The reasonable line is that Google wants to get much, much better at speech-to-text, and at understanding what people really want when they say things out loud. By having all your friends leave their voicemails on your Google Voice account, then clicking to mark them as useful or not, and then further sending the message to Google if was a really bad miss, Google will get better at understanding all the ways that humans say things. They already did it with GOOG-411, the free phone directory service that mined voices across the country to launch Google Voice’s current transcription offering.

The stakes are pretty high already, as Google already sees Apple’s Siri assistant as a threat to its core business. Siri obfuscates the source of its answers, which can often be Google, and doesn’t read advertising out loud to you. More than anything, though, Siri is successfully marketed as a place you turn to for answers, while Google has always sought to be the leader in organizing the world’s information and making it accessible. Google is reportedly looking to launch its own assistant in late 2012, and one has to assume that Voice functions will play an integral role in that assistance.

But maybe Voice is just something of a question mark, albeit of a most harmless kind. Voice was the product of an acquisition of a phone-managing service, GrandCentral, that had its heyday in a time when having an office phone, a home phone, and a cellphone was more likely than today’s norm of having just a cellphone. Another of Voice’s killer features, international web-based calling that’s usually cheaper than Skype, hasn’t really taken off, at least to the extent that I’ve met anybody who uses it, or read about its popularity in any publication.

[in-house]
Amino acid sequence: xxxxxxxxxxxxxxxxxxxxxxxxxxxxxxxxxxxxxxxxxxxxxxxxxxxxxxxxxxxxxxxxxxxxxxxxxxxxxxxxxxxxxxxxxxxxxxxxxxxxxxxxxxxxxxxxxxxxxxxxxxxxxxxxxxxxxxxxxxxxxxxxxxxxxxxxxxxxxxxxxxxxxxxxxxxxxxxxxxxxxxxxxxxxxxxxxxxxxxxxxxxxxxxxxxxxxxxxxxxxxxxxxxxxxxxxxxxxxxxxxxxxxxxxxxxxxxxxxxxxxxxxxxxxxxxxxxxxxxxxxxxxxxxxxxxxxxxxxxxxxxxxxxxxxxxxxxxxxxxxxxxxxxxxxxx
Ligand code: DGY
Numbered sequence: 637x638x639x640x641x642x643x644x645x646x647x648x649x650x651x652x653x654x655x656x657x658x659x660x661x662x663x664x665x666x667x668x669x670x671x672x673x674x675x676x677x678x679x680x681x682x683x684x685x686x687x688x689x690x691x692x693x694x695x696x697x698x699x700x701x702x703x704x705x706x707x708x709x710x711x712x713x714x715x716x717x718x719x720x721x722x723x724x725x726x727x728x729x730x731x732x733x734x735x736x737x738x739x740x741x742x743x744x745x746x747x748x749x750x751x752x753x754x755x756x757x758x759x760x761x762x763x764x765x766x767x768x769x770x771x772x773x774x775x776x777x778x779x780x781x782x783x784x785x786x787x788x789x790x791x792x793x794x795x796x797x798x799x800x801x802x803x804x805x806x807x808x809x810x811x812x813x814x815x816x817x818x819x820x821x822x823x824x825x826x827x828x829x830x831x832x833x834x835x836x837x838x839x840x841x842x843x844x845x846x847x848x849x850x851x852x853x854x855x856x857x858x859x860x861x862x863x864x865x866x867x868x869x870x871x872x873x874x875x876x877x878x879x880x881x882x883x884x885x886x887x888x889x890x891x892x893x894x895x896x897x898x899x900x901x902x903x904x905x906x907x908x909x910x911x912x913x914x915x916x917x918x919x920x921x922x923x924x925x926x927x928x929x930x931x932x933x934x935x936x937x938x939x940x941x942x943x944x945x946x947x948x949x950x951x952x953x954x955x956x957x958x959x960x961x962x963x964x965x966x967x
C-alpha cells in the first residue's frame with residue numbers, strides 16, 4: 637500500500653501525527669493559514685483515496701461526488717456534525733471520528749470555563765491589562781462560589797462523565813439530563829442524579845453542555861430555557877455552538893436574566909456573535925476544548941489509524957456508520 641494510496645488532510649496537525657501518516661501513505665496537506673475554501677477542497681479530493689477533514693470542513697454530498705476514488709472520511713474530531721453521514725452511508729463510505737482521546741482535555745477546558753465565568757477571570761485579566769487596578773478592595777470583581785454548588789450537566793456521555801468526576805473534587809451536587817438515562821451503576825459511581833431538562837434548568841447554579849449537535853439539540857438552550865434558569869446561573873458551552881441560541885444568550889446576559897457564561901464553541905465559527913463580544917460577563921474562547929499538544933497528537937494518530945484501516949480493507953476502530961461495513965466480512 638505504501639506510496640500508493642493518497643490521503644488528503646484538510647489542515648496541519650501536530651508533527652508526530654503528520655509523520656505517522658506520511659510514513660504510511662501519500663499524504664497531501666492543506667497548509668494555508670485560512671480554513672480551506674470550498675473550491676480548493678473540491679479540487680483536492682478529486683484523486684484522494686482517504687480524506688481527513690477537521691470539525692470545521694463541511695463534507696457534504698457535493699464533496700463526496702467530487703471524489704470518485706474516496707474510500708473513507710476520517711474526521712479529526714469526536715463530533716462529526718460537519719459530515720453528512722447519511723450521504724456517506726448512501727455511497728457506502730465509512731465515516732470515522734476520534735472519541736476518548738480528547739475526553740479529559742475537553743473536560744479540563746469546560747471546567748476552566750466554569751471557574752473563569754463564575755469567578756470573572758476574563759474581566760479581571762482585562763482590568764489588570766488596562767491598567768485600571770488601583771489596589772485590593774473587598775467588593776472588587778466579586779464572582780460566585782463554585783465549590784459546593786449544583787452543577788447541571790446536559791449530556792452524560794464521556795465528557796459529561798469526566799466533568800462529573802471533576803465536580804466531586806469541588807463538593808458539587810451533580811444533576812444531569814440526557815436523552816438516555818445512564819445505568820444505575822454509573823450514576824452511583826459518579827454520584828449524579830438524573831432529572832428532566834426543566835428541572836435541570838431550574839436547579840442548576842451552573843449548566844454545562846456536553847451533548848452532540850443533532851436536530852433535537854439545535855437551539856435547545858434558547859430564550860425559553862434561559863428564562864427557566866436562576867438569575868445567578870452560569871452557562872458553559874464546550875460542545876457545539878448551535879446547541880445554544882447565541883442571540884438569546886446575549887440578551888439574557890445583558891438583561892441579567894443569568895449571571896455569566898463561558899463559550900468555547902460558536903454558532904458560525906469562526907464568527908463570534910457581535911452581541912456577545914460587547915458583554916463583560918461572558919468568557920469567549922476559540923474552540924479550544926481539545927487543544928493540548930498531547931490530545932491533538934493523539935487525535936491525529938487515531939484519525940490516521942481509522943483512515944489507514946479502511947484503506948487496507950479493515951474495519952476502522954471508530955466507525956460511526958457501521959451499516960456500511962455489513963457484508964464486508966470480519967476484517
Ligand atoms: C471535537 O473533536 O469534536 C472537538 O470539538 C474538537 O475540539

All this is not to say I don’t like or appreciate Voice--I use it every single day, and the ability to send and receive text messages from my desktop browser is worth a whole lot to me. But because my phone number is a Voice number, and because a whole lot of phone history is now stored with Voice, I want to see it succeed and even expand. So here’s hoping the purpose for Voice becomes more clear than “that nice thing Google offers.”

Update: A Google spokesperson provided these comments, in response to questions about these same topics: plans for the future and monetization:

Google Voice is a free service that helps you manage your phones and voicemail by unifying all of your phones with a single number. We only generate revenue on international calling. We also charge a one-time fee of $10 to port your number. We have no plans to change this strategy going forward in terms of monetization.
The ability to make and receive calls in Gmail is powered by Google Voice but I don't know that I would go so far to say that it is the "glue" that links our services together. Google Voice gives you more control over all of your voice-based communications and makes it easy for you to access this information from anywhere—by phone, email, or the Web.

This story, "What does Google want out of your Voice?" was originally published by ITworld.

Copyright © 2012 IDG Communications, Inc.